The engine might also be seized or "locked up." If this is the case, you can use penetrating oil to help get the engine moving again. You should also give the lawnmower an oil change during this time.
Click here to see Penetrating Oil on Amazon.
Bad Spark Plugs
Spark plugs being faulty or bad can also cause a number of problems for your lawnmower, especially the mower's engine. One of the symptoms of a bad spark plug is the engine being difficult to start or not start at all. You can tell if your spark plug is bad by taking a look at it. If there are any deposits, cracks, or it just doesn't look quite right, you should replace your spark plugs.
What kind of spark plug does a John Deere lawnmower take?
Spark plugs are really cheap and easy to replace, so if you need to replace yours, don't worry too much. Replacing spark plugs should be part of your routine maintenance anyway. Some John Deere lawnmowers can take a Champion RC12YC spark plug. However, you should consult the owner's manual of your lawnmower for the best recommendations.
Click here to see Spark Plug on Amazon.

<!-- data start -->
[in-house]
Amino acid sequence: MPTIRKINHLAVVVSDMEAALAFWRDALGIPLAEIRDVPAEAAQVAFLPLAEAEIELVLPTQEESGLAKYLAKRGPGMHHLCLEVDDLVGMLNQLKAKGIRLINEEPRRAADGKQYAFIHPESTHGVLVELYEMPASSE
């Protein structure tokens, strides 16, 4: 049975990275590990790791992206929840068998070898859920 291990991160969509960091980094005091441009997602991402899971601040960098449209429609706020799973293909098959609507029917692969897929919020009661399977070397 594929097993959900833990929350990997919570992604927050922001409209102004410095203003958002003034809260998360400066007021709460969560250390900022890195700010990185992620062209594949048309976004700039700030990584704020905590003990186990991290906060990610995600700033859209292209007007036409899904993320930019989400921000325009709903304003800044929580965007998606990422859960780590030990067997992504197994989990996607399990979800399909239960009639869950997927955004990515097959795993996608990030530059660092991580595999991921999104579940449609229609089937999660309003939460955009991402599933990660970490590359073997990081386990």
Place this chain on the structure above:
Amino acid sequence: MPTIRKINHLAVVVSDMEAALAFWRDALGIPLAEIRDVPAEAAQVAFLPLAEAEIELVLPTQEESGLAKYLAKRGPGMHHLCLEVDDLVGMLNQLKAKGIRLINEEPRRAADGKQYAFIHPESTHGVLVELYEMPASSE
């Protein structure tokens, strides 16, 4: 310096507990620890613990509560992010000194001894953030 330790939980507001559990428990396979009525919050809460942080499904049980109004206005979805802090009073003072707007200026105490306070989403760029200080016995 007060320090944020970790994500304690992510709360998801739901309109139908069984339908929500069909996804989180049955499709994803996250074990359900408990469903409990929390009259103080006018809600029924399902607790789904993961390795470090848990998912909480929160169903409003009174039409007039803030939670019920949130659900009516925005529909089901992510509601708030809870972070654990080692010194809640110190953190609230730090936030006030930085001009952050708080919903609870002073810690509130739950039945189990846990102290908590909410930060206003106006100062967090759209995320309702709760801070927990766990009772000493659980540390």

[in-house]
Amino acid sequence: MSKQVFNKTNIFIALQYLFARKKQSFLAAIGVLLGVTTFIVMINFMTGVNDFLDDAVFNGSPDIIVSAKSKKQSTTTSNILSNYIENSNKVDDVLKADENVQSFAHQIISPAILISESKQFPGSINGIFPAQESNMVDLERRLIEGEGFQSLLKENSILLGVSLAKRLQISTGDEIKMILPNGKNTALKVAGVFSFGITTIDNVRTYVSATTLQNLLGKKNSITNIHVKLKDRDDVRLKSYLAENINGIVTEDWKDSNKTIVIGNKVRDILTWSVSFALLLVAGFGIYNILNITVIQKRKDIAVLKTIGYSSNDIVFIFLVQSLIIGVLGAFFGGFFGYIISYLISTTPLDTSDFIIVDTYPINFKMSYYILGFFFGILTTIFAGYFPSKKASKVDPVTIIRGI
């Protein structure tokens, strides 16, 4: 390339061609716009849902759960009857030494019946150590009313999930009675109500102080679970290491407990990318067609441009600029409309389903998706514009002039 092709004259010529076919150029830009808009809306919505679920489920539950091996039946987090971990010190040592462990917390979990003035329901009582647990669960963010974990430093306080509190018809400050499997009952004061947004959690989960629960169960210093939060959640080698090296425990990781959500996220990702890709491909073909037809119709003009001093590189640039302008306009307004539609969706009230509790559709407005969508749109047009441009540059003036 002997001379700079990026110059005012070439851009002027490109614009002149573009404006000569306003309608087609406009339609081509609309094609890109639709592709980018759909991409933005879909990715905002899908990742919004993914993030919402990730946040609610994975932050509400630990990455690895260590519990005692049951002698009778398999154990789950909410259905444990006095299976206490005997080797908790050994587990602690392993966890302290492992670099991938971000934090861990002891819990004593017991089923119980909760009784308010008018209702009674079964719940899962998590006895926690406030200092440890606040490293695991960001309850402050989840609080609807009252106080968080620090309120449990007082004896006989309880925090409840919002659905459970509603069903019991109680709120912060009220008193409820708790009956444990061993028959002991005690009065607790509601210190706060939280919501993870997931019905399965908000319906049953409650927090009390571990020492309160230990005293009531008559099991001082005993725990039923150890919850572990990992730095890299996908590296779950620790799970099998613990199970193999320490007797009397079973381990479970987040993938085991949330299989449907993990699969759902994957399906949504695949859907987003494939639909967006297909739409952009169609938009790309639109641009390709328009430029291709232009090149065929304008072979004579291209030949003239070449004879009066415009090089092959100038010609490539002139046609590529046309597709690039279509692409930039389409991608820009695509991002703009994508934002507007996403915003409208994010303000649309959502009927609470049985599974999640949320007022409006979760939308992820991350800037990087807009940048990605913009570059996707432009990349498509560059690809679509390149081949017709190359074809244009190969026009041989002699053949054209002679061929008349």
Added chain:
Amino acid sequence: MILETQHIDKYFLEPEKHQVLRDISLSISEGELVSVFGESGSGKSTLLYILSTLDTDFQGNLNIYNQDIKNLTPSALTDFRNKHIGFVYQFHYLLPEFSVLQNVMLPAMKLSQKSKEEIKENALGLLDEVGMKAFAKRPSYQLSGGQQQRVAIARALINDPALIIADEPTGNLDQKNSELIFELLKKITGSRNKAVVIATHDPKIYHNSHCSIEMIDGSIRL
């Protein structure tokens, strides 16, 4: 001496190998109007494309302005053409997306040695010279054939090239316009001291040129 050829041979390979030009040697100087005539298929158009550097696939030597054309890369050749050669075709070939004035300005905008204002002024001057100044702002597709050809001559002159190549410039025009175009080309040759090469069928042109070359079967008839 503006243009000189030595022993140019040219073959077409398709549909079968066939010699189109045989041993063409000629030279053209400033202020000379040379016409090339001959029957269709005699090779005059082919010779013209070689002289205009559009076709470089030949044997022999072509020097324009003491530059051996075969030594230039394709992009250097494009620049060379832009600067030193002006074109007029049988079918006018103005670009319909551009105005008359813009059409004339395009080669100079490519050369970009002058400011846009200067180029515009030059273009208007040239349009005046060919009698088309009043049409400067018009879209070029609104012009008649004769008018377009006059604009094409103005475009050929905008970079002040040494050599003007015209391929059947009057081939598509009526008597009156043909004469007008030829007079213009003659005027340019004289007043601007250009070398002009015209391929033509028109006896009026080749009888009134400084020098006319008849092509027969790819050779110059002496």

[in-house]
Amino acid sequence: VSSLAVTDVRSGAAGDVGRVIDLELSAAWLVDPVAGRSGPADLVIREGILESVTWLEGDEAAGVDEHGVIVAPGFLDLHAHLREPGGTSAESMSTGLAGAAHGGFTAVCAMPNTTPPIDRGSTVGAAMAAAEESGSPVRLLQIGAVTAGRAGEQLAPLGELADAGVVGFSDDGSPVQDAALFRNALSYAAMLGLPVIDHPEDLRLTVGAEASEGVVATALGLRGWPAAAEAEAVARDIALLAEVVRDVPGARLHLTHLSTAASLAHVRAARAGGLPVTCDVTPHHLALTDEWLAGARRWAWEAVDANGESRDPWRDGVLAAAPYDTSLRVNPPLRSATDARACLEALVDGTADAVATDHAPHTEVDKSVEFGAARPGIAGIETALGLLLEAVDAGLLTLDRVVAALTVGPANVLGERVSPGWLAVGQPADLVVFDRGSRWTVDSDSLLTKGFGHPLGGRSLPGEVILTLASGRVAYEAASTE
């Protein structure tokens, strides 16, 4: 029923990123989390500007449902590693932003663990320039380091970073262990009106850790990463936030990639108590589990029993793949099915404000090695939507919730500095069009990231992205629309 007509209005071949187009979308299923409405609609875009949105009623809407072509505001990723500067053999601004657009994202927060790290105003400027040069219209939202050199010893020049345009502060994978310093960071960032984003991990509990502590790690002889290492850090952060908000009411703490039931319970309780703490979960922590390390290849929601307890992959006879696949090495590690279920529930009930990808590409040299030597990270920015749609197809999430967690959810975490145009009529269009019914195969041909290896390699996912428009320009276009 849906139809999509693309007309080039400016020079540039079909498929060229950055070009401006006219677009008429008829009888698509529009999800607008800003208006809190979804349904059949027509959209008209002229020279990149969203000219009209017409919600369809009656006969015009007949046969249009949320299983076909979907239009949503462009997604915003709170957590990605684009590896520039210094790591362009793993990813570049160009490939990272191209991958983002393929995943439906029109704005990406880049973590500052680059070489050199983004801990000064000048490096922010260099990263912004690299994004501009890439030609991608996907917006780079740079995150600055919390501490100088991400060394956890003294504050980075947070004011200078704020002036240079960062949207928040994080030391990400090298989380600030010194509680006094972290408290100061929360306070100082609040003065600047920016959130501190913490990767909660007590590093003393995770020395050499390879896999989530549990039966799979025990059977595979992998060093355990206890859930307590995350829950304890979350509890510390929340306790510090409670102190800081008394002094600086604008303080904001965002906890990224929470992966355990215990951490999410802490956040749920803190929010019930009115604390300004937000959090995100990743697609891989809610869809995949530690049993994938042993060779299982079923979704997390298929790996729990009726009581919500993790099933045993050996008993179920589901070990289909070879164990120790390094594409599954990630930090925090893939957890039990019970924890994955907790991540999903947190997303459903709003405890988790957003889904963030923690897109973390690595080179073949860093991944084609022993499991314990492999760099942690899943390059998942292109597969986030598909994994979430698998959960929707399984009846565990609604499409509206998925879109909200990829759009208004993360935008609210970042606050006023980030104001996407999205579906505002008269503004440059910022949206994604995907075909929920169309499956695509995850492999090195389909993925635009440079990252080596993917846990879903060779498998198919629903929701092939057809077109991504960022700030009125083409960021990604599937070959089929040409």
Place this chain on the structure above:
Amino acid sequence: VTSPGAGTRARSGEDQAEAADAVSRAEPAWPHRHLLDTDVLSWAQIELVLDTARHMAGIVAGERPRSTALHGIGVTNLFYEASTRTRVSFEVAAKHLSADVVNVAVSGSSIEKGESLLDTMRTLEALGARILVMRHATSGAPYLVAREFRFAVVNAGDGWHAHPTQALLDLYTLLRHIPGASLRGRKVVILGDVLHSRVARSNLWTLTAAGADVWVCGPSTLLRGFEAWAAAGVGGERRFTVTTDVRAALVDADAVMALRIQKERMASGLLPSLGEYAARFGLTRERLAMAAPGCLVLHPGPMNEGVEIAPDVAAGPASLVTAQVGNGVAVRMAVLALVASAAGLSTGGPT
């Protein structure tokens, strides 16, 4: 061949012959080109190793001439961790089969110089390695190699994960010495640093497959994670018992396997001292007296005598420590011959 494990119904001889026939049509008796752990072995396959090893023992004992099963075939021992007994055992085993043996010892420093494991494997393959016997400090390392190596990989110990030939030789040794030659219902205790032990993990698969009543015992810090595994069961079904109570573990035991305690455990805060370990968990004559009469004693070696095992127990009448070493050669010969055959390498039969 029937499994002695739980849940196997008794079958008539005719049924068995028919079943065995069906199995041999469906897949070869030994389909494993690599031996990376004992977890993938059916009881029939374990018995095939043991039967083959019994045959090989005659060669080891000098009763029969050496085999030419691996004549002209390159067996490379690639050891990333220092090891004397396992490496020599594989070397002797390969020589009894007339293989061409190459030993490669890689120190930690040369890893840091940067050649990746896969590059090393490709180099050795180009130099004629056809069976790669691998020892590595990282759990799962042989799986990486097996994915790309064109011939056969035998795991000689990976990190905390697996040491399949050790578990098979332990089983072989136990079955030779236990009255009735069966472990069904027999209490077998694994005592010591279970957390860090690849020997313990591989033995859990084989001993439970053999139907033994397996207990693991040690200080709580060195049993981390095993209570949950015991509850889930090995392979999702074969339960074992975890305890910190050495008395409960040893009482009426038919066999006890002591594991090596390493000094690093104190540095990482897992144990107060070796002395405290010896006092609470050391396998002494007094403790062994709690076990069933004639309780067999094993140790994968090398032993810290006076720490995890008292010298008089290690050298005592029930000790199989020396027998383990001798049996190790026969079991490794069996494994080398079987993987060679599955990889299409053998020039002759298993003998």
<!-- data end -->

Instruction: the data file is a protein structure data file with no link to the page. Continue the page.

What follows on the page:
How often should lawn mower spark plugs be changed?
To keep your lawn mower running well, it's important to perform some routine maintenance to give it the best chance of lasting as long as it can. Just like you should perform regular oil changes, you should also change the spark plugs occasionally. To ensure proper maintenance, you should change your lawn mower's spark plugs once a year or once a mowing season.
Other Reasons Your Mower Won't Start
If it doesn't seem like any of the previous problems are the issue, there are some other reasons your mower might not be starting. However, the following issues may not be accompanied by a click. Other reasons your mower won't start might include low gas or oil levels or an issue with the ignition switch.
It could also be because the gas is stale, or the alternator is bad. As you can see, there are a lot of parts to a mower, and a number of them could be to blame. If it feels overwhelming, don't be afraid to call a technician for help.
We hope our article has provided some insight into what might be wrong with your mower. Fortunately, the problems your lawnmower might be facing when it clicks but won't start can often be diagnosed and fixed by yourself. However, if any of this seems over your head or the problem still persists, there are professionals you can call for guidance. Good luck!
For more reading, check out some of our other blog posts below:
Can You Use Car Motor Oil In A Lawn Mower?
20 Types Of Tires You Should Know